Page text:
Do you have your MMSI?
This is one of the most important things you can do as a responsible boater for you and your occupant's safety.
Did you know most radios have a menu built in?
Some access the menu by holding down one button or they may have a dedicated "menu" button.
For example, on a NAVMAN radio, hold down the CALL button to access a menu area. Inside this menu area is an ability to add your DSC number.
MMSI and DSC refer to the same thing, a designated number specifically tied to your boat.
While MMSI is geared toward rescue and emergency operations, DSC is a feature geared toward making "ship to ship" calls over a VHF radio.
How do you obtain this number?
Obtain a free MMSI for your boat here: http://www.boatus.com/mmsi/
When you begin this process, you'll notice the site asks a lot of question about you, your family, and your boat.
For emergency situations, it is best to fill out the forms as accurate and detailed as possible.
Pay close attention to the last box - remarks. It would be beneficial to let the Coast Guard know how to quickly identify your boat.
What color is it? What color is the canvas? For example, I left a note there may be a newborn baby onboard.
Here is why....
When the DISTRESS button is pushed on a radio with an MMSI entered, the Coast Guard is notified of that number.
They are able to look up the information you have entered - to include number of potential people onboard, children, color and type of boat, etc...
Combine that with the next important step, a radio connected to a GPS feed, they will also get your coordinates.
A child could press the DISTRESS button and transmit just about everything the Coast Guard would need to locate and identify your boat.
The only missing piece of information would be the nature of the distress.
The MMSI also opens up the Digital Selective Calling feature on your radio as well....
The newest radios are required by law to provide an operating mode called Digital Selective Calling, DSC.
This new technique is a part of the Global Marine Distress Signaling System, GMDSS (a part of the international SOLAS treaty).
DSC capability is available in two forms;
Category A DSC and Category D DSC.
Both category A and D radios can send and receive digitally encoded distress calls on channel 70, which is reserved exclusively for digital communications.
Category A radios have two separate receivers, with one constantly tuned to channel 70.
Category A radios are therefore more flexible and capable of delivering advanced communication capabilities.
With the press of a button, all DSC equipped VHF radios can send a distress call in digital form on channel 70.
The call, sent in much less than one second, includes your unique identification number (MMSI) and if the radio is connected to a GPS or Loran C, the precise location of your boat.
The distress call will continue to be sent until it is answered by another station.
The station hearing the call will likely call your radio on channel 16 or, in the case of the Coast Guard on 22A and begin the process of bringing you the help you need.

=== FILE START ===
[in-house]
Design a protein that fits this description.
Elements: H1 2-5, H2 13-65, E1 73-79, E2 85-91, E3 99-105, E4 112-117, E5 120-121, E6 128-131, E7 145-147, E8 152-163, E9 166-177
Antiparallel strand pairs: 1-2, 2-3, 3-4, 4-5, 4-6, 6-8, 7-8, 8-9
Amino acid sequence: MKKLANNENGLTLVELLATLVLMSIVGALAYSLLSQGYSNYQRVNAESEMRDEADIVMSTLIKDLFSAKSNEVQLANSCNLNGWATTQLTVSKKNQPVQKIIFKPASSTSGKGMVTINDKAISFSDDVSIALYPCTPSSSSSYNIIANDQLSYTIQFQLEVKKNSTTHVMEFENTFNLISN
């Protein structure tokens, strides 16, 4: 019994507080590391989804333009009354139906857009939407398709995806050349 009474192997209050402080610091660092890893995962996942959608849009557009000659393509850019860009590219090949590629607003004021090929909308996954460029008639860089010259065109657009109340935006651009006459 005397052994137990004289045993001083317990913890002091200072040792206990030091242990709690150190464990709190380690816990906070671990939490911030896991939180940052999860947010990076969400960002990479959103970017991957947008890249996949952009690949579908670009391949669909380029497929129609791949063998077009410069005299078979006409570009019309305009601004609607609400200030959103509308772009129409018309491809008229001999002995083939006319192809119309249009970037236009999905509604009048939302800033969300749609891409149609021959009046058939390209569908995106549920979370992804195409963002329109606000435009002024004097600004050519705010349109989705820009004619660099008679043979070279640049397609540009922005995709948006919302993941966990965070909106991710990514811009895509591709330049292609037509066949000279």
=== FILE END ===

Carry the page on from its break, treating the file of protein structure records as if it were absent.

Having a highly automatic way of making your need for assistance known has obvious advantages.
Because class A VHF/DSC radios have added capability they are more costly than the Class D versions.
The separate, dedicated channel 70 receiver in the Class A radio ensures that it is always ready to receive and respond to both emergency and routine DSC calls, even when it is monitoring any of the normal working channels or weather channels.
In addition to the second receiver, most Class A DSC radios are equipped with extensive calling number memory and caller I.D. systems and telephone like keypads that greatly simplify entering the MMSIs and names of frequently called vessels and shore stations.
A Class A VHF/DSC radio makes use of the "Selective" in DSC by calling other DSC radios by their unique MMSI number.
These radios usually provide an electronic notepad that stores names and MMSIs for other boats or shore stations.
Another station can be called by selecting the name or number from the stored list, choosing the channel number on which you wish to communicate and pressing a button.
A digital call containing the MMSI being called, the MMSI of your radio and the channel number on which you wish to communicate is sent on channel 70.
The called radio recognizes its MMSI and alerts its operator to the incoming call by emitting a ringing tone.
The radio automatically switches to the communication channel chosen by the caller, allowing voice communication to proceed with no further action required of either party.
If your MMSI is stored in the called radio's memory the operator will be informed of your identity as in a land-line caller I.D. system.
Depending on the particular capability of the radio, it may also provide call waiting alert and log calls received when the radio was unattended.
Overall, a Class A DSC radio performs much like a cellular telephone.
With widespread use, the VHF/DSC system will gradually eliminate the need to monitor the often busy and noisy channel 16 for incoming calls or, as required by regulation, for distress calls.